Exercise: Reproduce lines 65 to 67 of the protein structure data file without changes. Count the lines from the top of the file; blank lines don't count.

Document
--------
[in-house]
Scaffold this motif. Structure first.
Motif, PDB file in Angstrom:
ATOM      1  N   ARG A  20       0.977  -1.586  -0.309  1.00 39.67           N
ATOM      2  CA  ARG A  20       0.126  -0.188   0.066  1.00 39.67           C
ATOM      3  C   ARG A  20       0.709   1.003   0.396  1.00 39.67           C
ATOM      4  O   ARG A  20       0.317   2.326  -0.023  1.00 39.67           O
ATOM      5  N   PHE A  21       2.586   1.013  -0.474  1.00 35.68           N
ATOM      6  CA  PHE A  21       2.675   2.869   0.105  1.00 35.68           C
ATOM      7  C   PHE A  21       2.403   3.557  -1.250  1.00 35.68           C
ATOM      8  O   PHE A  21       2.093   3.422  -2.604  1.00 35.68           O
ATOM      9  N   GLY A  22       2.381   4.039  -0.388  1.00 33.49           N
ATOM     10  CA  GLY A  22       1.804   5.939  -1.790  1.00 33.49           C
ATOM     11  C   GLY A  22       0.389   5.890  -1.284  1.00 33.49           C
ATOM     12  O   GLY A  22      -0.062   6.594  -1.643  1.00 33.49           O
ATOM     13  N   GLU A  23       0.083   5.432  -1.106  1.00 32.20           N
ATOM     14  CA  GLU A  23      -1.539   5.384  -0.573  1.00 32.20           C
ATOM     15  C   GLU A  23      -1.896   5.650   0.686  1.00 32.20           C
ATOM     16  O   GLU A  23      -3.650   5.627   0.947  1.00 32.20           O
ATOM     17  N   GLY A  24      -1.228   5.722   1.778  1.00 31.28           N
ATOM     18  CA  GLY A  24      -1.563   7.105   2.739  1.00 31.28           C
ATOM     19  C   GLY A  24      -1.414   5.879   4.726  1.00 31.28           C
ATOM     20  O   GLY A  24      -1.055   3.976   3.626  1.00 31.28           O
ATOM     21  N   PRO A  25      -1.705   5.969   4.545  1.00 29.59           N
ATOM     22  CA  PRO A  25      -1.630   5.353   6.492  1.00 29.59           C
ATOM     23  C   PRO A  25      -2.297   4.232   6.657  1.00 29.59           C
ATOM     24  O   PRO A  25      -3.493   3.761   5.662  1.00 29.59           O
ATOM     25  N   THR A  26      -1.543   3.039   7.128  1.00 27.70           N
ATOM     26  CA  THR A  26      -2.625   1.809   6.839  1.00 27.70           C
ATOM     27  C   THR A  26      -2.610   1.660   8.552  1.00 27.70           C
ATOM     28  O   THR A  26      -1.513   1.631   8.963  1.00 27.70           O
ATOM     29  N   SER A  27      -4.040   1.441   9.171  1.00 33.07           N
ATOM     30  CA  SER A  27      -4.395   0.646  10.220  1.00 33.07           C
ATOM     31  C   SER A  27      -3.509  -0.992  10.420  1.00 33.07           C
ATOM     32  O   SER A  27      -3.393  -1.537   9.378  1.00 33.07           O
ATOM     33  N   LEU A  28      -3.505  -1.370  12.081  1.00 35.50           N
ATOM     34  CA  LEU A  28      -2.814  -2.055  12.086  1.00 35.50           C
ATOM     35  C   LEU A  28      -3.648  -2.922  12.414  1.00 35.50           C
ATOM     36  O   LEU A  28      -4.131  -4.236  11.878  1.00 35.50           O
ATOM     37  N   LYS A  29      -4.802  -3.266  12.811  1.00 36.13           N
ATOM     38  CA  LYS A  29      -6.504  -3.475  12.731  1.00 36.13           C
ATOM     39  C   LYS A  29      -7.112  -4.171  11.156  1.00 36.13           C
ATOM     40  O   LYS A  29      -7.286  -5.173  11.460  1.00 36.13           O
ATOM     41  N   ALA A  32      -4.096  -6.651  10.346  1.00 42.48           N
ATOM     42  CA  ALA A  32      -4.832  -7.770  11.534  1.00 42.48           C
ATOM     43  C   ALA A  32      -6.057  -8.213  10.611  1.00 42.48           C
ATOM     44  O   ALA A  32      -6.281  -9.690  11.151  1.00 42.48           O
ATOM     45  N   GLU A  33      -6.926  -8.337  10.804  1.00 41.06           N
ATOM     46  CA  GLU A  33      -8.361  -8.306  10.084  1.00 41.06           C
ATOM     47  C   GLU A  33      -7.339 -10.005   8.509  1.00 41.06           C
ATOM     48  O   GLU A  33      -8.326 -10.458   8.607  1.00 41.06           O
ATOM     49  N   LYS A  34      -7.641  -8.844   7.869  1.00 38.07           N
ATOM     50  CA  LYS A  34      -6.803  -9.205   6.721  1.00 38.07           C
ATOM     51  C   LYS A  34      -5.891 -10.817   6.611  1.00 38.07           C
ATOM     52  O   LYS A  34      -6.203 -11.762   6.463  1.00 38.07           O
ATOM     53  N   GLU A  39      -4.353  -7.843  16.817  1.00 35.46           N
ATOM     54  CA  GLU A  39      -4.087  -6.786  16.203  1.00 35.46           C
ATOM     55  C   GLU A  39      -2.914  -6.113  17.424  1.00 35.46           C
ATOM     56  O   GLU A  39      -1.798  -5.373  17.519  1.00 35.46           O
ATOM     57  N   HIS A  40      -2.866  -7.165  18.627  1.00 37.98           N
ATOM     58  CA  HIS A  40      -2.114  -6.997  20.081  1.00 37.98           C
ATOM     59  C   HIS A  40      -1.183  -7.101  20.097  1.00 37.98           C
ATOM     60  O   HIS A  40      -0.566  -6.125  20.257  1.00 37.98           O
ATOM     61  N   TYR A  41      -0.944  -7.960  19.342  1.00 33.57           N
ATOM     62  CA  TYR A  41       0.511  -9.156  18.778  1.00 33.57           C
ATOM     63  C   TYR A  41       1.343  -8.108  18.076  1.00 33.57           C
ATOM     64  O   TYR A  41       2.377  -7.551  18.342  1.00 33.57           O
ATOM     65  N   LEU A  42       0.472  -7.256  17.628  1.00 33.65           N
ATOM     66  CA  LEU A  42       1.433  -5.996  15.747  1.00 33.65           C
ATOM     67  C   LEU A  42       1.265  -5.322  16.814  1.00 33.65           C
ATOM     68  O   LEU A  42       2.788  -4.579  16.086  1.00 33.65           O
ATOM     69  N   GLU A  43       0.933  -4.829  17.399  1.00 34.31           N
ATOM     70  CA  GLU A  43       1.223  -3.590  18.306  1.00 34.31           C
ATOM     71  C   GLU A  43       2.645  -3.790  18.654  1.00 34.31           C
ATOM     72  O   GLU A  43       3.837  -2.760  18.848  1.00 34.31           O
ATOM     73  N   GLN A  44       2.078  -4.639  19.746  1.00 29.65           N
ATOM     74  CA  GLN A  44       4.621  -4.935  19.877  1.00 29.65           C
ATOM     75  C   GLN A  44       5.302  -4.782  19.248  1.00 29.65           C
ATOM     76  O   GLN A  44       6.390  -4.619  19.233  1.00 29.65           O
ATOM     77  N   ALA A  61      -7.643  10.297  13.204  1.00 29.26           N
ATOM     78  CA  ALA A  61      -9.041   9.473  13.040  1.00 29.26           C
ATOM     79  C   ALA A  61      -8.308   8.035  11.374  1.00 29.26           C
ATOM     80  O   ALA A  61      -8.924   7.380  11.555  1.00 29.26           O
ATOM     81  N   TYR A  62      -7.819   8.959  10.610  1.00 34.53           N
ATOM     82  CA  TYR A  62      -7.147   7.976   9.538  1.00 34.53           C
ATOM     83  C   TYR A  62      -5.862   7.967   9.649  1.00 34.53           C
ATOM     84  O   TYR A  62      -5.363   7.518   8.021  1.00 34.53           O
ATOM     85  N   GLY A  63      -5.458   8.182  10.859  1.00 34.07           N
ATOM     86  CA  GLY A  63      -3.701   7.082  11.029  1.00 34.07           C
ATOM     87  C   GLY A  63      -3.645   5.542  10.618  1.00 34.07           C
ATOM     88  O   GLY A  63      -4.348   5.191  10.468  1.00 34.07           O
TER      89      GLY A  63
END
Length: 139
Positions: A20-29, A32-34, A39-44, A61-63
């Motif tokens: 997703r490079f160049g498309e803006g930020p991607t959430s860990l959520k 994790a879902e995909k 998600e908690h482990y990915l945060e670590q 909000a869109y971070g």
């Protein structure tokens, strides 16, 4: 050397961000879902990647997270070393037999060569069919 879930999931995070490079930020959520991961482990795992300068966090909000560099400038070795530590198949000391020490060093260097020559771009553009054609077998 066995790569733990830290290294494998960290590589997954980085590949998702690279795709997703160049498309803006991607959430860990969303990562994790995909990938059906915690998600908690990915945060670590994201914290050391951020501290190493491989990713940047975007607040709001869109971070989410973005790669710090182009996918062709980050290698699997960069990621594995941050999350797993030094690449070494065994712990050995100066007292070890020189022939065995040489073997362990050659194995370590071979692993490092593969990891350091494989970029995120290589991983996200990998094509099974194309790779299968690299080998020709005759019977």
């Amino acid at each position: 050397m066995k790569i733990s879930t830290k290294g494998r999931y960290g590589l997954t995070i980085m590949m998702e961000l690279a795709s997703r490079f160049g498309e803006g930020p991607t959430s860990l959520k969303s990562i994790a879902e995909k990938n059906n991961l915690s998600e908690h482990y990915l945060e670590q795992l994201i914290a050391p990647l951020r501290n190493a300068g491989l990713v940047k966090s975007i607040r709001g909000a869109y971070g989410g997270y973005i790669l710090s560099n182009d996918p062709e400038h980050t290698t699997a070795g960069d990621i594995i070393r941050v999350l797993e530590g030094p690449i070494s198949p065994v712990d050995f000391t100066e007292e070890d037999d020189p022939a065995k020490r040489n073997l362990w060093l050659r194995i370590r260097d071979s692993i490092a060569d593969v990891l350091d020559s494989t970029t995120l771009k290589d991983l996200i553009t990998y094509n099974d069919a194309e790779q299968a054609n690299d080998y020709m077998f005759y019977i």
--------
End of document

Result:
ATOM     62  CA  TYR A  41       0.511  -9.156  18.778  1.00 33.57           C
ATOM     63  C   TYR A  41       1.343  -8.108  18.076  1.00 33.57           C
ATOM     64  O   TYR A  41       2.377  -7.551  18.342  1.00 33.57           O